Plaintiffs' respond as follows: Plaintiffs will use digital notice to reach 94.6 per cent of each state or territory's total population with internet access. See Plaintiffs' Further Submissions (Doc. #4606). In states or territories where expected digital reach falls below 75 per cent of the settlement classes, plaintiffs will supplement digital notice with newspaper and radio notice to increase reach to a minimum of 75 per cent. Id. at 7. In those states and territories, plaintiffs initially will place one ad in the two largest circulation newspapers in each state or territory. Id. at 7. In states or territories where the combined reach of digital and newspaper notice does not meet or exceed 75 per cent, plaintiffs will add 30-second radio notice spots. Id. at 7. Specific estimates of the expected reach of each type of notice in each state or territory, including gross reach and net reach, i.e. accounting for overlap, are set forth on Exhibit 1 to the Second Supplemental Affidavit Of Jeffrey D. Dahl Regarding The Notice Plans For Class Action Settlements ("Dahl Second Supplemental Affidavit"), Exhibit A to Plaintiffs' Further Submissions (Doc. #4606). Plaintiffs will be able to measure the progress and success of the digital program and will increase the number of newspaper and radio notices to reach at least 75 per cent of the settlement classes in each state or territory. Plaintiffs' Further Submissions (Doc. #4606) at 8.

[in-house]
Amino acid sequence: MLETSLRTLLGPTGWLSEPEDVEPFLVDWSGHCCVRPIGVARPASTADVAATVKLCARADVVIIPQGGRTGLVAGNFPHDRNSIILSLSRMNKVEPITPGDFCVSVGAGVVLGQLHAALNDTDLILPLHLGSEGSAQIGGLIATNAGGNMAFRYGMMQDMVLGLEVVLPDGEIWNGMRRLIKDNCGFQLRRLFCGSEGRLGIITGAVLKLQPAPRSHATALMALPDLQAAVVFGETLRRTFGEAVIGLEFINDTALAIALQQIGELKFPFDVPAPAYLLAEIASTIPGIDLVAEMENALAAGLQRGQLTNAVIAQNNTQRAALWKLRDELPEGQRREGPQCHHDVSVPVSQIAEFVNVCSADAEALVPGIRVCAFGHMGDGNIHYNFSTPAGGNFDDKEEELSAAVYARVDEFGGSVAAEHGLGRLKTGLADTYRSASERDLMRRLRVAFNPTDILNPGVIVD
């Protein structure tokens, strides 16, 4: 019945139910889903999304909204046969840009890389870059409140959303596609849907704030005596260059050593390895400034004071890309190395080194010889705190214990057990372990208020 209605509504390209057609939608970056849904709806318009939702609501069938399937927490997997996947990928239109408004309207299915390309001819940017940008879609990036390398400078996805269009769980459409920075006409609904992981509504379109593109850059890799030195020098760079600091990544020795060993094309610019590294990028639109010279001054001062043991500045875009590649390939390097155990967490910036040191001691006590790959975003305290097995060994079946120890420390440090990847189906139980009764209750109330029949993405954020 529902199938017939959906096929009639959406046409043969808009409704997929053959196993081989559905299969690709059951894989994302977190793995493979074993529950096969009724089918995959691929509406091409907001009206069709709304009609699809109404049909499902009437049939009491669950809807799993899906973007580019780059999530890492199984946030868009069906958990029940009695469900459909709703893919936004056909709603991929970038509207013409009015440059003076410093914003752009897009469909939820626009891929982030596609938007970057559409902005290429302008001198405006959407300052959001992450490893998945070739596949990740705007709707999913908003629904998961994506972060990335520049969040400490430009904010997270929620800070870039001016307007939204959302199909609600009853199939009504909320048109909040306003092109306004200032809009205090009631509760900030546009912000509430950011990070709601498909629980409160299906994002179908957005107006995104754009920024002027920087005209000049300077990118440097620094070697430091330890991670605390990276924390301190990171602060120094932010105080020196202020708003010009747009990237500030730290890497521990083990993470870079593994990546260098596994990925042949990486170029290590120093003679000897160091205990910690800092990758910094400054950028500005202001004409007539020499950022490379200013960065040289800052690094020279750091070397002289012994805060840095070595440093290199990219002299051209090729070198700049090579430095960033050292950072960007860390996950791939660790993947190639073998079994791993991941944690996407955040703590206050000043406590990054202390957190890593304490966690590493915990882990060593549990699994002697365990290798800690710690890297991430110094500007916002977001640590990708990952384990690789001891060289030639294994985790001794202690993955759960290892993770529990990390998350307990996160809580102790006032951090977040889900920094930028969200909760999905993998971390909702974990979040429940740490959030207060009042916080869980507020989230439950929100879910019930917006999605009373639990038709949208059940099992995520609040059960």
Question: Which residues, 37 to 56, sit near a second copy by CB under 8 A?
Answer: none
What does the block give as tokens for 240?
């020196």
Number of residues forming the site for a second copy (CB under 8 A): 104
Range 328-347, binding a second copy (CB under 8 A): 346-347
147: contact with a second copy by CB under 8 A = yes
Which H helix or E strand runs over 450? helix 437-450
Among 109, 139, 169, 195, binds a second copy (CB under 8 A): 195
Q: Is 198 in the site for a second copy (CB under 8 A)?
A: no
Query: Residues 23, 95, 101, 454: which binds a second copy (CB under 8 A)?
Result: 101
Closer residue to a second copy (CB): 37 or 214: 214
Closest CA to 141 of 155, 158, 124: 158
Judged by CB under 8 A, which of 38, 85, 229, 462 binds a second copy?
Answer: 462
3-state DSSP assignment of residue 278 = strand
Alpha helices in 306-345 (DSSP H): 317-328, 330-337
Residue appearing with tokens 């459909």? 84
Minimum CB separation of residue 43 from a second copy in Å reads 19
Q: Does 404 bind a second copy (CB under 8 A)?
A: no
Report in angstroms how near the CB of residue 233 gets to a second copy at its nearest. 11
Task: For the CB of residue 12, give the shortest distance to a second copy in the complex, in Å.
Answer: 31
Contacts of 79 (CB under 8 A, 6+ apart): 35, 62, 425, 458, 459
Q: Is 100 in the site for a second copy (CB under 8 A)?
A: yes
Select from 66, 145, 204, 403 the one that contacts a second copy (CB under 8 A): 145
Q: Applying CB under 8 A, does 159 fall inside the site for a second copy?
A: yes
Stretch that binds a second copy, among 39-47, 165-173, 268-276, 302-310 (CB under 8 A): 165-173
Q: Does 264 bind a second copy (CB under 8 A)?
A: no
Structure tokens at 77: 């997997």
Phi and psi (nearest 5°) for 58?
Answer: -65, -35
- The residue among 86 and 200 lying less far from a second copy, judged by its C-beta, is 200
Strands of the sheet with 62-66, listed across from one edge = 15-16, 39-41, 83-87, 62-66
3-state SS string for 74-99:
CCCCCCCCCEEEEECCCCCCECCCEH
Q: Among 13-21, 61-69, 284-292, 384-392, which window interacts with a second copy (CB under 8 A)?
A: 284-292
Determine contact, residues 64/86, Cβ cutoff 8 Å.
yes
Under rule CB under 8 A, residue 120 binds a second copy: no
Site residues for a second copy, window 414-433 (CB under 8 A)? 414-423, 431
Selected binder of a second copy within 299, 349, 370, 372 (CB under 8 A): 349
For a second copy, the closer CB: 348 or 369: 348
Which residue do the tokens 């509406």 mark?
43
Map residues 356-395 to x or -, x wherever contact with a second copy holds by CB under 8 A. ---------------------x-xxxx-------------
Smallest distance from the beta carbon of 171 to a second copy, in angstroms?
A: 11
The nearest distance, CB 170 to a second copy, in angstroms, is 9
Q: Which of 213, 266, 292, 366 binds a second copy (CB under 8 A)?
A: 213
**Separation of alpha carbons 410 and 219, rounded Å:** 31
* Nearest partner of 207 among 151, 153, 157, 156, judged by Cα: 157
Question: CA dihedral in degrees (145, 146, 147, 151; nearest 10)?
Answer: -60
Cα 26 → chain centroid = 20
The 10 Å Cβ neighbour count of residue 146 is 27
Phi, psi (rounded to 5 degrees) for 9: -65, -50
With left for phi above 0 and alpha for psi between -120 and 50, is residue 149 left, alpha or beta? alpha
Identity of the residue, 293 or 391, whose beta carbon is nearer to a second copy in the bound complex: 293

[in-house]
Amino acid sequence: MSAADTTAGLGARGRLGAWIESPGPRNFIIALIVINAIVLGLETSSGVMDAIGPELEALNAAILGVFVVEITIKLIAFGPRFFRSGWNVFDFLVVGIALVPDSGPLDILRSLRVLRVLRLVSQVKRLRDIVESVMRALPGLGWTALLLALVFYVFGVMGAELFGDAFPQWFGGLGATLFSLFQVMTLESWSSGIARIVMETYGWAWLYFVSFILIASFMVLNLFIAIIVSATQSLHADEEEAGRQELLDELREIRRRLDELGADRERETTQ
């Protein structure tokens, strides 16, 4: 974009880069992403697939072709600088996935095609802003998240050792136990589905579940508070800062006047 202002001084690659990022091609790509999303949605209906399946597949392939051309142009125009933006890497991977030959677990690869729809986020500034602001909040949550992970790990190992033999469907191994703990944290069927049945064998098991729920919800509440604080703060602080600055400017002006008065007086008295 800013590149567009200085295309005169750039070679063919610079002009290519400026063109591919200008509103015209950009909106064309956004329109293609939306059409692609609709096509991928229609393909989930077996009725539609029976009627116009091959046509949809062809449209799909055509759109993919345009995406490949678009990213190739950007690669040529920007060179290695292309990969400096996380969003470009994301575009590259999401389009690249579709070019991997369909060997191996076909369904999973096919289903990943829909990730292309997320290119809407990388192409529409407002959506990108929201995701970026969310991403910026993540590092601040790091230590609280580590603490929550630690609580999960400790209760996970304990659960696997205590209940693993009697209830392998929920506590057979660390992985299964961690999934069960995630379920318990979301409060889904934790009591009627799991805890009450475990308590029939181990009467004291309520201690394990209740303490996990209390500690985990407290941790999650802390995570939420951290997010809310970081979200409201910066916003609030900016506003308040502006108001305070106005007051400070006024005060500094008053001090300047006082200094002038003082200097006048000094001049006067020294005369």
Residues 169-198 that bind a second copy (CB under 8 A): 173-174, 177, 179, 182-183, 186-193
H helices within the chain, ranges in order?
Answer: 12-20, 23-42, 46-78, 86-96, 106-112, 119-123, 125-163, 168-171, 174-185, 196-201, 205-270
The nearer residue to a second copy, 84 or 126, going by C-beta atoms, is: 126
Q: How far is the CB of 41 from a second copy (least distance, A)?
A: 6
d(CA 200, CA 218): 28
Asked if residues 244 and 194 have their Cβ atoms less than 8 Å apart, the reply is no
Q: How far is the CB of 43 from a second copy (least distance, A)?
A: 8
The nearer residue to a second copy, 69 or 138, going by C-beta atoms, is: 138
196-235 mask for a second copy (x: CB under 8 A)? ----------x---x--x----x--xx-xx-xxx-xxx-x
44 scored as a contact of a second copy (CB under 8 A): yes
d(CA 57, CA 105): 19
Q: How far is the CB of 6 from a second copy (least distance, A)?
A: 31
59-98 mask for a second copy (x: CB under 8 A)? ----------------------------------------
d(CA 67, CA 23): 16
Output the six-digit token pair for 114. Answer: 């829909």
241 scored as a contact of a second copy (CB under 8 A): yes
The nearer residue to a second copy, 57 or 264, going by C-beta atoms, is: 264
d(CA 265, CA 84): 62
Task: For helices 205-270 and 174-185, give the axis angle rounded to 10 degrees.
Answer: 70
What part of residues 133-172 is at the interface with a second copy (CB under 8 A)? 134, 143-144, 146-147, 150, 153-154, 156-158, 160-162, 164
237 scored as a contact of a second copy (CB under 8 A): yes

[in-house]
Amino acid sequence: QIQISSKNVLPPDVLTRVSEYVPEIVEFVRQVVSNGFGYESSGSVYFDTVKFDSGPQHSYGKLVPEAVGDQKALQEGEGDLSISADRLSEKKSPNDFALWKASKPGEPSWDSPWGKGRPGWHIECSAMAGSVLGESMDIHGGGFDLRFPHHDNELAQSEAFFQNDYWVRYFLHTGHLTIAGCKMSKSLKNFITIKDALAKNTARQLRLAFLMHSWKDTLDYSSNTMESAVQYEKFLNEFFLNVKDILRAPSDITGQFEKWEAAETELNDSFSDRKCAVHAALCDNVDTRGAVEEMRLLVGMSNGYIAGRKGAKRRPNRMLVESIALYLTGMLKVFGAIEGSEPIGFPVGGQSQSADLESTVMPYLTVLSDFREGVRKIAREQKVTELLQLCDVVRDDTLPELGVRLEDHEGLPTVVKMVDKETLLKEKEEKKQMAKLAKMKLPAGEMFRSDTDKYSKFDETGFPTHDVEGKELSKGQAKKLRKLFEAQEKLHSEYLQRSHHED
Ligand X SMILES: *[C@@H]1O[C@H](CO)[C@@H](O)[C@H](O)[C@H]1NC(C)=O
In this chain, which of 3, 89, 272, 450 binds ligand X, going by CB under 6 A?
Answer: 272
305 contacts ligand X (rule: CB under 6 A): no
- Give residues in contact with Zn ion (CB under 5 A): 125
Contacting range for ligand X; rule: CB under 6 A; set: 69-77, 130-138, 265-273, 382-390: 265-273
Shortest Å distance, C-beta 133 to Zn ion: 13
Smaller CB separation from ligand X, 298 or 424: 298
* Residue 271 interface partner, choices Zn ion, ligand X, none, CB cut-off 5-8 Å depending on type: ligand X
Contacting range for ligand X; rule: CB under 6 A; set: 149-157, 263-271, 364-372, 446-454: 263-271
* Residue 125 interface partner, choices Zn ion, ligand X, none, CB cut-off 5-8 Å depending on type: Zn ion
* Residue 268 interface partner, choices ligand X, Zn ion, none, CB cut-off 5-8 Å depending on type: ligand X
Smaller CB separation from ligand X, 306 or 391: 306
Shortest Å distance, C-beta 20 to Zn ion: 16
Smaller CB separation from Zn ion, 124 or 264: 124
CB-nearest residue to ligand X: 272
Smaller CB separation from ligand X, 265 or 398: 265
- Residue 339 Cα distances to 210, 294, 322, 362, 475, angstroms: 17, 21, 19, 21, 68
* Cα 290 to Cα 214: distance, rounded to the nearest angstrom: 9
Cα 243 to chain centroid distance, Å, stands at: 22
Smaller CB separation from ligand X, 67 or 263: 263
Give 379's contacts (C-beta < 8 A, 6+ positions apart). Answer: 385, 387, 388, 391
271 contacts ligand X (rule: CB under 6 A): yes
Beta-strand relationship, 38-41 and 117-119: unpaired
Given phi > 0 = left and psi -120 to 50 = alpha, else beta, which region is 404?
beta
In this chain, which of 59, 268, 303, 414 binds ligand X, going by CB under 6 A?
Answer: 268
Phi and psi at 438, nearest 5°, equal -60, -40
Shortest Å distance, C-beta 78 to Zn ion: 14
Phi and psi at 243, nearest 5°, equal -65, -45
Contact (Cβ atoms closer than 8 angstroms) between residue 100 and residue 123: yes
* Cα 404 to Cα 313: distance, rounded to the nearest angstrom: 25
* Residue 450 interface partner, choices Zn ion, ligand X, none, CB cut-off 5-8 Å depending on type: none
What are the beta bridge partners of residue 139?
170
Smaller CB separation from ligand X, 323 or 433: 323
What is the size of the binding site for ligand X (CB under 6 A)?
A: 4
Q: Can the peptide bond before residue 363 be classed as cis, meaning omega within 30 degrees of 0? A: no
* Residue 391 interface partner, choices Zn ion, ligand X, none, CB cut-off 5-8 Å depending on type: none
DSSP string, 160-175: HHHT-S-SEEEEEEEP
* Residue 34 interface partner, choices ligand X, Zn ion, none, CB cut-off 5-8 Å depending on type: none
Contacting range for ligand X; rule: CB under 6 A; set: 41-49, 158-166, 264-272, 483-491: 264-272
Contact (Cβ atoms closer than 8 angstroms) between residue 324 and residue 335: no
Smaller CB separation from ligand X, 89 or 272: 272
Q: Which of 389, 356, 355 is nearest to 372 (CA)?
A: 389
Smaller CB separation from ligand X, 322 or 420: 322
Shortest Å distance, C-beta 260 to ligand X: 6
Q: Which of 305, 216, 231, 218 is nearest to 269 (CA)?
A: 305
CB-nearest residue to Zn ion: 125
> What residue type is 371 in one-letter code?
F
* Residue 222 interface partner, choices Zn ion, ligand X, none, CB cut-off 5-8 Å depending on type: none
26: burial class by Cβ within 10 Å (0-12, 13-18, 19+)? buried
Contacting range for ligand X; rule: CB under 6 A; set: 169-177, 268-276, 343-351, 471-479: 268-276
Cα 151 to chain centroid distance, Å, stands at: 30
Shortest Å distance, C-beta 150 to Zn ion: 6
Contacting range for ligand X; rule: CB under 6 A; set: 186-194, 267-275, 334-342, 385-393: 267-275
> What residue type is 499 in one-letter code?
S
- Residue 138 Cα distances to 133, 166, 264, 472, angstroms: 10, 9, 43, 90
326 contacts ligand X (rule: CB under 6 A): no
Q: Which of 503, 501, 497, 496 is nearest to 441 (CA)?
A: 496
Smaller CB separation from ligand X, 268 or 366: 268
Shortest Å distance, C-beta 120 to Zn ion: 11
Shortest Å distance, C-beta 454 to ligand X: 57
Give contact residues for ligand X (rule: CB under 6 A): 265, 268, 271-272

The Court has reviewed plaintiffs' additional information and finds that it satisfies the Court's previous concerns.

III. Content Of Proposed Radio Notice

In its previous order, the Court found that the proposed radio notice did not inform listeners which states and territories are involved in the settlements. See Memorandum And Order (Doc. #4599) at 19. Plaintiffs respond with a revised radio notice which informs listeners that they may be a settlement class member based on fuel purchases in specific states at or near the state in which the radio spot will run, as well as in other unidentified states or territories. See Dahl Second Supplemental Affidavit ¶ 10 and Exhibit 4 thereto. This revision satisfies the Court's previous concerns.

IV. Conclusion

Based on plaintiffs' revised submissions, the Court finds that the proposed notice plan satisfies the requirements of Rule 23(c)(2)(B) and (e).

IT IS THEREFORE ORDERED that Plaintiffs' Notice Of Further Submissions Of Information In Support Of Motion For Approval Of Revised Settlement Notice Plan (Doc. #4606) filed July 26, 2013, which the Court construes as a motion for approval of plaintiffs' revised settlement notice plan, be and hereby is SUSTAINED. The Court approves the proposed notice plan, as modified. On or before September 25, 2013, plaintiffs shall file a proposed time line for completing the notice and objection period, as well as the earliest date on which the Court should schedule a final approval hearing.

IT IS FURTHER ORDERED that plaintiffs' Notice of Submissions Of Revised Notice Plans For Class Action Settlements And California Trial Classes (Doc. #4593) filed June 21, 2013, which the Court construes as a motion for approval of plaintiffs' revised combined notice plan, be and hereby is OVERRULED as moot.